“We all have a role to play in preventing the spread of COVID-19 and I am frustrated that people continue to ignore health advice about social distancing as observed yesterday at Bondi Beach,” she said.
“We all need to behave in a safe and responsible manner so that the spread of this virus can be slowed. No one is immune to COVID-19 and behaving irresponsibly puts the entire community at risk.”
International publications such as the UK’s The Metro described the scenes on Bondi Beach as “unbelievable” while readers labelled those responsible as “stupid”.
Over 1000 cases of the new coronavirus have now been confirmed across Australia, and seven people have died.
“I am surprised by the number of people out,” one swimmer told CBS.
“I’ve just been out for a swim, and come out, get a bit of exercise, get outside and head home.
“I guess I’m more surprised by just the number of people who are just lazing around on the beach.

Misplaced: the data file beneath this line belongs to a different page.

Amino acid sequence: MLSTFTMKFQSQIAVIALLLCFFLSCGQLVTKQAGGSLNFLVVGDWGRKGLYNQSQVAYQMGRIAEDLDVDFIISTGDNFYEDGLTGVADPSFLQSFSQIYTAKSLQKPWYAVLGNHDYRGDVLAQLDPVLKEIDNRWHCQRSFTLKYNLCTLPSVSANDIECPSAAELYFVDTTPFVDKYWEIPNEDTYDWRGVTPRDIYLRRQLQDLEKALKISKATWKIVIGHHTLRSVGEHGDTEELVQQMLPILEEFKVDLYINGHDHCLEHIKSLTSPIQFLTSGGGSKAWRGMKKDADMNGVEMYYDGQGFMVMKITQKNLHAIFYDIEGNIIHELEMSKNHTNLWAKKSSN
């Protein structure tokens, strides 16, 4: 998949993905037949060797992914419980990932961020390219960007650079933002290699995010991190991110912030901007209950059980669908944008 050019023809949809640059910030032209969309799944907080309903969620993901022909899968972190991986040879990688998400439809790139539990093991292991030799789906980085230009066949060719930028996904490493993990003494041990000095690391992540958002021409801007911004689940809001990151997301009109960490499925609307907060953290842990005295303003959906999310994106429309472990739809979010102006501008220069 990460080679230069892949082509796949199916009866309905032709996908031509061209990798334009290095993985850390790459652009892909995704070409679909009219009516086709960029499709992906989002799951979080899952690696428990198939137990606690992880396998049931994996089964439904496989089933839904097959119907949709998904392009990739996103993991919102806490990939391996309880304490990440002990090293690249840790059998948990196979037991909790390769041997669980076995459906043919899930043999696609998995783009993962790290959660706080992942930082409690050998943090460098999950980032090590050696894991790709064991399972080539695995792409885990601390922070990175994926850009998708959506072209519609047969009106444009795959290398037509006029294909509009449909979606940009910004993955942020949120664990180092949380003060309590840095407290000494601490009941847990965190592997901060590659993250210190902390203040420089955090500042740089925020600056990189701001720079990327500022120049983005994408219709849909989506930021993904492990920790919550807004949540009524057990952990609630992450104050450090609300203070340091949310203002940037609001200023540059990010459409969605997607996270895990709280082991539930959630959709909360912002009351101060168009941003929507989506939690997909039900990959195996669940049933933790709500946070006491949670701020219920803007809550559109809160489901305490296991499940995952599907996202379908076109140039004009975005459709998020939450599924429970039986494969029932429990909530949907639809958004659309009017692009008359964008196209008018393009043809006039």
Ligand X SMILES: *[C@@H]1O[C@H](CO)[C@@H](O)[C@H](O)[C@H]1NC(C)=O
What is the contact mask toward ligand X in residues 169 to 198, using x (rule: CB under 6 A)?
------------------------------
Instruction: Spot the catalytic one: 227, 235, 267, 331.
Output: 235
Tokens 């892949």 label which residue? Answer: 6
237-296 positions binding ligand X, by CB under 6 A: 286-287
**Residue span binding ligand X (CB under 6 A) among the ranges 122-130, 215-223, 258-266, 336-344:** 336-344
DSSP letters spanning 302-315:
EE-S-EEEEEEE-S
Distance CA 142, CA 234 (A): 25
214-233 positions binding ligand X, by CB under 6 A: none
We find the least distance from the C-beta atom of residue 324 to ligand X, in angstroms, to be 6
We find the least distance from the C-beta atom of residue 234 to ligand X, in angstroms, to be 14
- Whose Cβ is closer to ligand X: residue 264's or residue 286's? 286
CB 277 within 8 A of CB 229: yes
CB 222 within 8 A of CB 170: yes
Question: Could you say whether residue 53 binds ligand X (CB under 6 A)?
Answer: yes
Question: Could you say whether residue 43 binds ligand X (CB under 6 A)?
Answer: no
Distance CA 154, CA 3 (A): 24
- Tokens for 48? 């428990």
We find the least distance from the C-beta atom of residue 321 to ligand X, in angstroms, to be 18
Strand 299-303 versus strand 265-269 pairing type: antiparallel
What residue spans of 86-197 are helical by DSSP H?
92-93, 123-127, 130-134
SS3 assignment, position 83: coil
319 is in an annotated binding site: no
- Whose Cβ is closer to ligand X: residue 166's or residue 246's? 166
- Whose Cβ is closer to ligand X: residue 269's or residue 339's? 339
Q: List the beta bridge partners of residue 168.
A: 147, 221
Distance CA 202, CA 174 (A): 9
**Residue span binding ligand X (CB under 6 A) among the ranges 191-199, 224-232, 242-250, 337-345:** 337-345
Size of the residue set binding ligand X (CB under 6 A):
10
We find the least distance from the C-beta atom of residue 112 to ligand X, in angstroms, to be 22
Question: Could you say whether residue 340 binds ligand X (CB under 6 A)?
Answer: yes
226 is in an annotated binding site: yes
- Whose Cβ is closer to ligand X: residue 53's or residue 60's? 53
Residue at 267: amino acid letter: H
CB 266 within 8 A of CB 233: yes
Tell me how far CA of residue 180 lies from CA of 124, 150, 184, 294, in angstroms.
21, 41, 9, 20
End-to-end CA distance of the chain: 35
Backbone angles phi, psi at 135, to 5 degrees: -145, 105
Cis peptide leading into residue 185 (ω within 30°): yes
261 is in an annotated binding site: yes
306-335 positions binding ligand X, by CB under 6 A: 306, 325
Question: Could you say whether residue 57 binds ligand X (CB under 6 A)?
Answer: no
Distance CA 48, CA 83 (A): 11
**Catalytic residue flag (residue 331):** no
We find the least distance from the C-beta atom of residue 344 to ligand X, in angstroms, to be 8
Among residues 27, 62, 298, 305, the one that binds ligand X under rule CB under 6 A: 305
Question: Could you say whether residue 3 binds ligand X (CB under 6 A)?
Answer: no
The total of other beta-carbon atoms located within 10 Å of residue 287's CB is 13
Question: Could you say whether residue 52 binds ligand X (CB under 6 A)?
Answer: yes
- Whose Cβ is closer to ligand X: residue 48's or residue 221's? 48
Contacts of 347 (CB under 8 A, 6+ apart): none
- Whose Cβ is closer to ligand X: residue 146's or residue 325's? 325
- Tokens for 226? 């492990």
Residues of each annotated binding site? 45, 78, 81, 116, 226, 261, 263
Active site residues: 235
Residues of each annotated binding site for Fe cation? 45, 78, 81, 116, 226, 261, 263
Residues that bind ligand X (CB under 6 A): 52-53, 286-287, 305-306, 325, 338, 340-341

“The whole social distancing hasn’t really taken hold in Bondi just yet, I would say.”
Earlier on Friday, The Daily Telegraph spoke to one group of American backpackers who said they were unfazed by the virus because they were young and “unlikely” to be infected.
“We figure none of us have any symptoms, due to our age the virus is unlikely to get us, and we’re more likely to get it in New York City where there are double the amount of cases than the 300 in Australia,” Lauren Titone said, citing incorrect figures.
“I’m not nervous. I’m young. I feel my body can handle it.”
Prime Minister Scott Morrison said on Friday that he was aware of some people continuing to flout the rules.
“We are hearing reports of some who are saying they’re in self isolation and they’re out and about,” he said.
“In many cases for the young and the healthy, it is true that the majority of cases, 8 out of 10 people only have a mild illness … but by you doing the right thing, you’ll be saving the life of someone who is more vulnerable,” he said. “So do it for your fellow Australians.”